The goal that I met when I broke 2 hours in the Queens Half-Marathon. But doubly, and most fabulously, today G is for my brand-spanking new Green Garmin Forerunner 405

It’s rare that as an adult you’ll ever (or at least, that I’ll ever) have as much fun unpacking a new toy as I did when I was 8 years old on Christmas morning, but last night I sat with my pristine Garmin and fiddled and browsed until I looked up and it was well past my bedtime. I’d plowed through my day and evening with this one moment in mind, Get it all done, TK, so you can hang with G later. 

I love how the charger is like a little crocodile jaw that gently takes the watch in its teeth to power it up. I love how the bezel ring clicks, and the menu trills, and the screen flashes greetings and updates at me. I can already tell, my G loves me back, and is on my side. 

If I needed additional positive proof of how well we’ll be getting along, I got it this morning on my five-miler (which should have been a jiggity-jig last night but I won’t get into that as I’m trying to be relaxed today). You see, G told me that the loop I’ve always thought was 2 miles is in fact 2.2 miles. This potentially means that I’ve been running 10% more on every single Sunnyside Loop workout I’ve done for the past five years. It may be a little premature to make a blanket statement about the loop’s distance–I want to run it a few more times with G to see if it always throws down the same distance–but this first run holds promise. Can’t wait to see what my Garmin tells me about my 10-miler tomorrow. This could very well be the beginning of a long romance between me and sweet green G.

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Has anyone registered for the 5-mile NYRR Anniversary Run in Central Park?  It’s on June 4th, at 5:30 in the morning!  I’m definitely running it, in fact I’ve already signed up.  Here are five reasons (one for each mile) you all should, too:

  1. It’s a NYC Marathon qualifying race.
  2. It’s free to register. (FREE, people!)
  3. Five miles before work!!  Five miles of superiority!!
  4. Celebrating our [club’s] anniversary together.
  5. Another chance to prove what a crazy runner you really are.

The Anniversary Run is a weekday race.  There’s something very summery about weekday races, as they are official, on-the-clock indications that our recreation has pushed its way out of the weekend window, and is now filling in the extra hours of daylight we all get during the week.  Corporate Challenges, the AHA Wall Street Run, Media Challenges… I’ll race ’em all!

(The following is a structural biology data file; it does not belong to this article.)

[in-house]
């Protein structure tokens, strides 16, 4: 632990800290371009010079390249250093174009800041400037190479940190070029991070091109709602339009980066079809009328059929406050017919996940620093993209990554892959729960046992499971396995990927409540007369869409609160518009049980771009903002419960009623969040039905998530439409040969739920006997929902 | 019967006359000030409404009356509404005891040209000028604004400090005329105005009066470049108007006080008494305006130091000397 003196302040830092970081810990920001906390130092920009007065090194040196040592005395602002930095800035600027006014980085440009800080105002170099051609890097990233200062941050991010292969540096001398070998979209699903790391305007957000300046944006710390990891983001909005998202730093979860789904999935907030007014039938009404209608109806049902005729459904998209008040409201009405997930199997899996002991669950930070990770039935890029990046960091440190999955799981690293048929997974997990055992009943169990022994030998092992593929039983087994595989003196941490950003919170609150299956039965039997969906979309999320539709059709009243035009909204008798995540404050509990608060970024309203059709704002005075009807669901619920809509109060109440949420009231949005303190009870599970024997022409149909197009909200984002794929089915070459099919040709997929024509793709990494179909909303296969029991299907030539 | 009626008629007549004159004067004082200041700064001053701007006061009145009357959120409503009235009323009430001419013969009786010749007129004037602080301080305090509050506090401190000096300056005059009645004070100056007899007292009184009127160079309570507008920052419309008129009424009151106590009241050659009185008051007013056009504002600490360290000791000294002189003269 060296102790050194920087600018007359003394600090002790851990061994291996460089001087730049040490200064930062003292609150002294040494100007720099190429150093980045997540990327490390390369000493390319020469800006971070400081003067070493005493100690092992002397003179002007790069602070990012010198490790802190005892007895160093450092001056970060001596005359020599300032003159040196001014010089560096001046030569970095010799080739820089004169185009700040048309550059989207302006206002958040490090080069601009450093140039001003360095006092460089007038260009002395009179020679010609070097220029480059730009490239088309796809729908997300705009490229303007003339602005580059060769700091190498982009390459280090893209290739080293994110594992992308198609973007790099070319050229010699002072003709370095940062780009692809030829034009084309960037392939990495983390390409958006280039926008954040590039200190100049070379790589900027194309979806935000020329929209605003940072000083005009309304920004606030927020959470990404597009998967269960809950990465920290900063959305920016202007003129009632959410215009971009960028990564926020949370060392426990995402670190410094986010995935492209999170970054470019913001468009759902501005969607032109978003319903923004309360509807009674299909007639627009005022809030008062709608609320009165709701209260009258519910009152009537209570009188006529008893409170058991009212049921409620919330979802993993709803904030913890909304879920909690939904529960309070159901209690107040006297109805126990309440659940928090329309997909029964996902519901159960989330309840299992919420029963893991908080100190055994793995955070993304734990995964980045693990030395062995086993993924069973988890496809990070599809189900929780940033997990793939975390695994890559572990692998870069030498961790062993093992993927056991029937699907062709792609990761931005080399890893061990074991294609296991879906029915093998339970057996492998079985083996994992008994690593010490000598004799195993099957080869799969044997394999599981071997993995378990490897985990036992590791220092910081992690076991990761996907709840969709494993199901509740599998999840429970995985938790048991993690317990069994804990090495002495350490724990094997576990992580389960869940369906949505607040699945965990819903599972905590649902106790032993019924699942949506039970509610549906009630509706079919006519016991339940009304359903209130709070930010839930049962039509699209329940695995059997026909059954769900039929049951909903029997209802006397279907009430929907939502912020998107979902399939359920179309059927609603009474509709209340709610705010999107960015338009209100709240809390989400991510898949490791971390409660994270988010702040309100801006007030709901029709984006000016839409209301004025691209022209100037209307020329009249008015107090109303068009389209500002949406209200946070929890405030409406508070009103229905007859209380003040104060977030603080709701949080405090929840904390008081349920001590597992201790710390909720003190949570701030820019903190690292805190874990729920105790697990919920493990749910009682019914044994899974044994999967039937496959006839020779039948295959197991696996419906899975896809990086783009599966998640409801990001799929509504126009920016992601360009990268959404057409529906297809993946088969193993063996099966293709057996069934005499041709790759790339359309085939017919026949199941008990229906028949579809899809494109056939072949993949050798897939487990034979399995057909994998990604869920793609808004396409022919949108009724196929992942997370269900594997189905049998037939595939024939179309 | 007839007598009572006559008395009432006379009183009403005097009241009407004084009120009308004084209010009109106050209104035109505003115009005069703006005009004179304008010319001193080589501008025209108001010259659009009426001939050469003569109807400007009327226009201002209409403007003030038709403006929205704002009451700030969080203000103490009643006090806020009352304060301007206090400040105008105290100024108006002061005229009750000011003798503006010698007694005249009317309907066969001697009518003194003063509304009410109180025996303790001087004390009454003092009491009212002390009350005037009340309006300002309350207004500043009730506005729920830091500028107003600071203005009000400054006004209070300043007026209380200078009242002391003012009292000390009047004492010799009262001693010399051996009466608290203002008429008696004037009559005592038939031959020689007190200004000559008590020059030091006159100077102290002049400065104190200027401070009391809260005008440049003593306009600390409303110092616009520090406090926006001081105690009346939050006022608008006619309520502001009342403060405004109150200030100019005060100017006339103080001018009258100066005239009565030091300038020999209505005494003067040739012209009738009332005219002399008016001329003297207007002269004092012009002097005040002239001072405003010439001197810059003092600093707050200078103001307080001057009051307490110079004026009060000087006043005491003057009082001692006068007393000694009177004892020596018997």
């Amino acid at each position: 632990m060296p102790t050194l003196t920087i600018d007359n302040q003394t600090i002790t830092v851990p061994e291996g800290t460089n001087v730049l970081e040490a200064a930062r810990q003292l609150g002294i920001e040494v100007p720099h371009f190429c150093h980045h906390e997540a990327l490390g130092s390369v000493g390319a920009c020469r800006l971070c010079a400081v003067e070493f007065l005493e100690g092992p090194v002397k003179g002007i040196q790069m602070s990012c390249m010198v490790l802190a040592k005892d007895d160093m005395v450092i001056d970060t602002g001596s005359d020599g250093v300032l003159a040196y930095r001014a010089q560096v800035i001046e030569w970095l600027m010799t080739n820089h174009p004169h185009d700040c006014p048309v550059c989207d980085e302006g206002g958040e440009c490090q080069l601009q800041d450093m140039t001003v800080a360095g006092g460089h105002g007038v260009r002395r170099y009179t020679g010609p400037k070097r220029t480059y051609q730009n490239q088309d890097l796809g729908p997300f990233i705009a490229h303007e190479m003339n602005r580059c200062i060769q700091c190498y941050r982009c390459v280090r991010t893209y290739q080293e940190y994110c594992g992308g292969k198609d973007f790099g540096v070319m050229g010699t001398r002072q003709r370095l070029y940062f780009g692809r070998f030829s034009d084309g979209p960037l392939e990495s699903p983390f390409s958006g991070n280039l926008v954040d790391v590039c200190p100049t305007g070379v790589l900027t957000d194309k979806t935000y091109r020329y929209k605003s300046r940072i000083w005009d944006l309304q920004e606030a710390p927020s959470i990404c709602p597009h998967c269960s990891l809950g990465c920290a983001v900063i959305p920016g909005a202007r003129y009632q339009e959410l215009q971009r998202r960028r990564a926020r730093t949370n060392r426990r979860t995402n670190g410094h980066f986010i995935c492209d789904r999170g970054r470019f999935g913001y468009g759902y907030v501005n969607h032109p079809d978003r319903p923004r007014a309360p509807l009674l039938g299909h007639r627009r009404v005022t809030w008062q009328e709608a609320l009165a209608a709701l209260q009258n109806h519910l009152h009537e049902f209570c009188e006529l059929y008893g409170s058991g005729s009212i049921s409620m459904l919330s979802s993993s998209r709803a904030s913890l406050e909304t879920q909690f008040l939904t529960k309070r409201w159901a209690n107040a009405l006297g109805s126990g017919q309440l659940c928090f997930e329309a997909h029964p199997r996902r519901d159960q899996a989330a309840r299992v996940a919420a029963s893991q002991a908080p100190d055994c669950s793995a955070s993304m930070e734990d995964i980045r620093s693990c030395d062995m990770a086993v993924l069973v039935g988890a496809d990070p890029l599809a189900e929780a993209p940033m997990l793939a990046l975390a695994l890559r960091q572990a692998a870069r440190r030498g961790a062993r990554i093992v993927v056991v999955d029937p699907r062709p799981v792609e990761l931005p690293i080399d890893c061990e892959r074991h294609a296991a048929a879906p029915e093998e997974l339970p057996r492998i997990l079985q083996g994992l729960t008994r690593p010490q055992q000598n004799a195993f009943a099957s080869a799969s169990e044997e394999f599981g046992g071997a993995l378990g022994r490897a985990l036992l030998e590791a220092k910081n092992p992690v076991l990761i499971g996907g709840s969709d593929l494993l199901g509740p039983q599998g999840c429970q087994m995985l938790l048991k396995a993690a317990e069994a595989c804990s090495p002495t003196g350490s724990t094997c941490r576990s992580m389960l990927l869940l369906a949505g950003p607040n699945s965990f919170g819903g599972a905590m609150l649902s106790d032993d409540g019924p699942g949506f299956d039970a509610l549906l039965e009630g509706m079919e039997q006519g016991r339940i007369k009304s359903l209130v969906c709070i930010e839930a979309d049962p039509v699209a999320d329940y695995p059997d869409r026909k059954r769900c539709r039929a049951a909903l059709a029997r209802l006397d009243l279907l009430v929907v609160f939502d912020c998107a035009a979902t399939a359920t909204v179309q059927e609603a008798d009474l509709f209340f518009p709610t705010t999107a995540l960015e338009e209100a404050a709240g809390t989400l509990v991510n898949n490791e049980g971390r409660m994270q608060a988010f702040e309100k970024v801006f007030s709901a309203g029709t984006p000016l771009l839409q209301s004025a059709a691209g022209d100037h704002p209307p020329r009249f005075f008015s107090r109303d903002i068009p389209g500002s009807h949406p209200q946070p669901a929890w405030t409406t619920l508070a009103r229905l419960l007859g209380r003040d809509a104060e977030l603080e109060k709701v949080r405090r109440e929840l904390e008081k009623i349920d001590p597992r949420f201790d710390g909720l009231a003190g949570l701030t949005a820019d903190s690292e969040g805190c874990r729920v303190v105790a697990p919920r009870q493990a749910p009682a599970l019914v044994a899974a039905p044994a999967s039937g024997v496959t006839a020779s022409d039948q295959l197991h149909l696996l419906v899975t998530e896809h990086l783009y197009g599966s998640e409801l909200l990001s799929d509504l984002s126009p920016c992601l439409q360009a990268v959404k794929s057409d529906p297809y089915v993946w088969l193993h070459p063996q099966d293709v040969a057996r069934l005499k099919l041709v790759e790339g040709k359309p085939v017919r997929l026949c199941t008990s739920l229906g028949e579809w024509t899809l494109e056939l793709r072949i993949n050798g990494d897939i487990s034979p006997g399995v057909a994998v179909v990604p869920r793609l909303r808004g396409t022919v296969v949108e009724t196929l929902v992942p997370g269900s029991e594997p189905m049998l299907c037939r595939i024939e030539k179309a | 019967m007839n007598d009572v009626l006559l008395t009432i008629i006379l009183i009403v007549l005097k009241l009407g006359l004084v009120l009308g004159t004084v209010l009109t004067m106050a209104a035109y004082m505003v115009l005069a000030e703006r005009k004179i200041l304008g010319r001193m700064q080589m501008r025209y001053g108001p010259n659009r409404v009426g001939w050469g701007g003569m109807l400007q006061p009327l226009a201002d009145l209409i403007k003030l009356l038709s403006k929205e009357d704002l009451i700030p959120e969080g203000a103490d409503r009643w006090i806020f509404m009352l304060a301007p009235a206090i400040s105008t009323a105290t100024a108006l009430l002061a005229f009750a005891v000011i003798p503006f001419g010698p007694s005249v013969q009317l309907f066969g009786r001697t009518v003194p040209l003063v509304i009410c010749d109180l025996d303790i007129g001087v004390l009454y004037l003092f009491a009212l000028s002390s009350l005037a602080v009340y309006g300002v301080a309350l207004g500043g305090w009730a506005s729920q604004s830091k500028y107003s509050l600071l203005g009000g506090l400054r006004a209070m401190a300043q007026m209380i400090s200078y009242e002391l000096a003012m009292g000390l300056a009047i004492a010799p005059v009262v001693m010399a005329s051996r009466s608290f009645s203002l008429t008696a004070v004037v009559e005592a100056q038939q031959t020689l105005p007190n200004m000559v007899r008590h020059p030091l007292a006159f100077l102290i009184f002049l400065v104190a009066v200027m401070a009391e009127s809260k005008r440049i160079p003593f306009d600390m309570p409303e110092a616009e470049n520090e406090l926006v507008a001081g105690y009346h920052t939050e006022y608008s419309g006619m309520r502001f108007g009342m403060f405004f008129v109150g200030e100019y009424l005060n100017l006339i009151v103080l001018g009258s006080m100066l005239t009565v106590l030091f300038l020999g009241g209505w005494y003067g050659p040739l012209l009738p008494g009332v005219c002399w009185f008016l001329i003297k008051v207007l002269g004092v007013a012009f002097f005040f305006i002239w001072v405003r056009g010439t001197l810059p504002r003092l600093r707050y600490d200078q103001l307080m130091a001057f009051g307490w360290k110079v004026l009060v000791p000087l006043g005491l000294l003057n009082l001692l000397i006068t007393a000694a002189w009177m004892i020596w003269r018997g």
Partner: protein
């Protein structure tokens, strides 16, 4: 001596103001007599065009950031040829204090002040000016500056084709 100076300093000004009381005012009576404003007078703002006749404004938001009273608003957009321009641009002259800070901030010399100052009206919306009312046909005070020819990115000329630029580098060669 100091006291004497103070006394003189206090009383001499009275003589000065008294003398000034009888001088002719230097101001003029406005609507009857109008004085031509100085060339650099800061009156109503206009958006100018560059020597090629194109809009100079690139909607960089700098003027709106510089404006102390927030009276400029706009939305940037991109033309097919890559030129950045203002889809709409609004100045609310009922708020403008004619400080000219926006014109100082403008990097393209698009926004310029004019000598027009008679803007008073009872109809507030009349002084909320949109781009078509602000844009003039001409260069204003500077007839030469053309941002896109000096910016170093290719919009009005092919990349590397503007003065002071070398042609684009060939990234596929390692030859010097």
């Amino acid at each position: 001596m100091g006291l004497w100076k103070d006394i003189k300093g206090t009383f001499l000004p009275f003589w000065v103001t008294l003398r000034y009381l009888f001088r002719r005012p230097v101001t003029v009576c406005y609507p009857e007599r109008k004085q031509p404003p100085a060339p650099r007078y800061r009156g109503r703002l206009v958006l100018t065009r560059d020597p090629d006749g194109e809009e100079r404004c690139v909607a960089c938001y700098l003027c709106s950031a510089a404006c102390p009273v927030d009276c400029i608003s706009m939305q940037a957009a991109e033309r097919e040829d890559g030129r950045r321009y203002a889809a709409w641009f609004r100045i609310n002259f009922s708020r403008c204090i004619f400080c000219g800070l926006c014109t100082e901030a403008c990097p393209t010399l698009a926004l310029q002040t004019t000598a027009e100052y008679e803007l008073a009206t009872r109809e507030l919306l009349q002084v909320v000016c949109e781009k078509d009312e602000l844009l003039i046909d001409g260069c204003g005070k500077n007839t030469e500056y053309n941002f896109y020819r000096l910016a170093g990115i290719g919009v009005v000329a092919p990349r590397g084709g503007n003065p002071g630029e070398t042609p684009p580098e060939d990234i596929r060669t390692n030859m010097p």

Home from work today in under 30 minutes (29:53; 8:32 pace, 3.5 miles) for the first time ever.  Kind of a landmark event.  I’ve been waiting for it to happen, I knew it would come.  Of course, I was helped along by leaving work as late as I did — there is considerably less traffic at 7:20 PM, I probably saved 2 minutes not waiting at intersections. It still means, though, that rather than my goal being to get home under 33 minutes, I’ll now be shooting for under 30.  In the scheme of a runner’s world, I’m still not fast. But, I can feel myself becoming less slow.  My successes here, whether quotidian or personal bests, are a treasured consolation on a bad day.

All this without regular tempo runs, speed workouts, or hill training. Naughty, naughty me. Let me pull down my old Runner’s World magazines… I’m looking for the issue that presents Ryan Hall’s half-marathon training plan, as adapted for mere mortals. Here it is, on the top shelf, August 2007. What I like about this plan is that the weekly mileage never exceeds 46 miles. And oh yeah — I also like that Ryan Hall did it (or something like it).

If I follow the 10-week plan for the July 27th New York City Half-Marathon, I’ll have to start this Tuesday with Week 1. However, I don’t yet know if I’ll get in to that race through the lottery.  Really, I was planning to use this training program for the Queens Half, in August, but a quick scroll through the NYRR race calendar shows that it went from scheduled (8/23) to not even on the calendar.  WTF. By the time Staten Island Half rolls around in September, I’ll be waist-high in training for the NYC Marathon.  Considering all of this, I’m going to stick with Plan A and expect the Queens Half sometime in August, and train for that. 

On my run home today, my wandering brain took me through the following scenario.  I meet my running goals for the year (complete the Half-Marathon Grand Prix; run a sub-2-hour half; run a sub-4:30 NYC) and buy myself the self-promised Garmin Forerunner 405.  It’s a crisp November afternoon, and I’m heading home, on a recovery run.  My Garmin happily tracks my every move from midtown office to Sunnyside coop.  And what do I discover upon my arrival? The route I thought was 3.5 miles, for years, from my tracks on gmap-pedometer, is actually 3.3, (or worse, 3.1 miles) and all the “fast” runs home suddenly convert to chump runs.  For sure that would suck.  But, how bad could it be, because if that Garmin is on my wrist, it means that I still ran at the right level to meet my goals, even if my jiggity-jigs weren’t quite as jiggy as I thought.

How bad could it be, indeed.